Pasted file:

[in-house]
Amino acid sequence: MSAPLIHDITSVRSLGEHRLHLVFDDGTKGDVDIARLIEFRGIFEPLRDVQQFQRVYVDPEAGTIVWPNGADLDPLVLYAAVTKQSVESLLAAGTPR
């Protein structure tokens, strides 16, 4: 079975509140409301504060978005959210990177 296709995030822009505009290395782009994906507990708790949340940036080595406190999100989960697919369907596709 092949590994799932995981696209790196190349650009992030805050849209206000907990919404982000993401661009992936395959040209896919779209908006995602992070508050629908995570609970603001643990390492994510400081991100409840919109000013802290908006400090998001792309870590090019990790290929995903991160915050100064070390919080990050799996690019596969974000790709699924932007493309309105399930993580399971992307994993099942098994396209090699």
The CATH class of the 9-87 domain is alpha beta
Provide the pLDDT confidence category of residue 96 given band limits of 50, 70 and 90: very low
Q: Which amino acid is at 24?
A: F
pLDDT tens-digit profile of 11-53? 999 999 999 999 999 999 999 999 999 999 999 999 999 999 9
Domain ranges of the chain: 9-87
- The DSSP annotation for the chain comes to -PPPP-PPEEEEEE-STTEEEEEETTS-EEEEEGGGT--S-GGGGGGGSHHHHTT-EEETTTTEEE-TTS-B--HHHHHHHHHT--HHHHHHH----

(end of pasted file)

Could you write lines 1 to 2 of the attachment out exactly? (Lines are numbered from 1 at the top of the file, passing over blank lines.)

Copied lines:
[in-house]
Amino acid sequence: MSAPLIHDITSVRSLGEHRLHLVFDDGTKGDVDIARLIEFRGIFEPLRDVQQFQRVYVDPEAGTIVWPNGADLDPLVLYAAVTKQSVESLLAAGTPR